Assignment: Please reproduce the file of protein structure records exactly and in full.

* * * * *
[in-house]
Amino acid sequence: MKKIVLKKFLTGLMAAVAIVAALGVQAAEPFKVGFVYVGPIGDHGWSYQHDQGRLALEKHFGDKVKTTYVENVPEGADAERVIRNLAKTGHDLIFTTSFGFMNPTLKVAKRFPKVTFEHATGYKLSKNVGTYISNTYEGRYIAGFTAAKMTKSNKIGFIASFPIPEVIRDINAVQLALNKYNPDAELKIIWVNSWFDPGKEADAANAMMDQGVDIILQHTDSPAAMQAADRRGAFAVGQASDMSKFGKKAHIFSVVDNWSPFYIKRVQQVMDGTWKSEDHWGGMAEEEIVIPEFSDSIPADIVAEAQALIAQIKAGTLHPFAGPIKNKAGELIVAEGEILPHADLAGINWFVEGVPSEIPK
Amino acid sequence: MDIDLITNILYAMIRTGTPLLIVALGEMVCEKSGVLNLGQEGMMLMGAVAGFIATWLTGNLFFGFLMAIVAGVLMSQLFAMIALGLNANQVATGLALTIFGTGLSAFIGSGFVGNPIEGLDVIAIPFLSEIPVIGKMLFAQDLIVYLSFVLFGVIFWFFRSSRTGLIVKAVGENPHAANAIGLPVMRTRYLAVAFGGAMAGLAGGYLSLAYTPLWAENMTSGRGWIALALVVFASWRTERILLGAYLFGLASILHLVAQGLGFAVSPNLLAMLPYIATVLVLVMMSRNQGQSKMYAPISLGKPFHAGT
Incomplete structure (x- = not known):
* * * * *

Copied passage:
[in-house]
Amino acid sequence: MKKIVLKKFLTGLMAAVAIVAALGVQAAEPFKVGFVYVGPIGDHGWSYQHDQGRLALEKHFGDKVKTTYVENVPEGADAERVIRNLAKTGHDLIFTTSFGFMNPTLKVAKRFPKVTFEHATGYKLSKNVGTYISNTYEGRYIAGFTAAKMTKSNKIGFIASFPIPEVIRDINAVQLALNKYNPDAELKIIWVNSWFDPGKEADAANAMMDQGVDIILQHTDSPAAMQAADRRGAFAVGQASDMSKFGKKAHIFSVVDNWSPFYIKRVQQVMDGTWKSEDHWGGMAEEEIVIPEFSDSIPADIVAEAQALIAQIKAGTLHPFAGPIKNKAGELIVAEGEILPHADLAGINWFVEGVPSEIPK
Amino acid sequence: MDIDLITNILYAMIRTGTPLLIVALGEMVCEKSGVLNLGQEGMMLMGAVAGFIATWLTGNLFFGFLMAIVAGVLMSQLFAMIALGLNANQVATGLALTIFGTGLSAFIGSGFVGNPIEGLDVIAIPFLSEIPVIGKMLFAQDLIVYLSFVLFGVIFWFFRSSRTGLIVKAVGENPHAANAIGLPVMRTRYLAVAFGGAMAGLAGGYLSLAYTPLWAENMTSGRGWIALALVVFASWRTERILLGAYLFGLASILHLVAQGLGFAVSPNLLAMLPYIATVLVLVMMSRNQGQSKMYAPISLGKPFHAGT
Incomplete structure (x- = not known):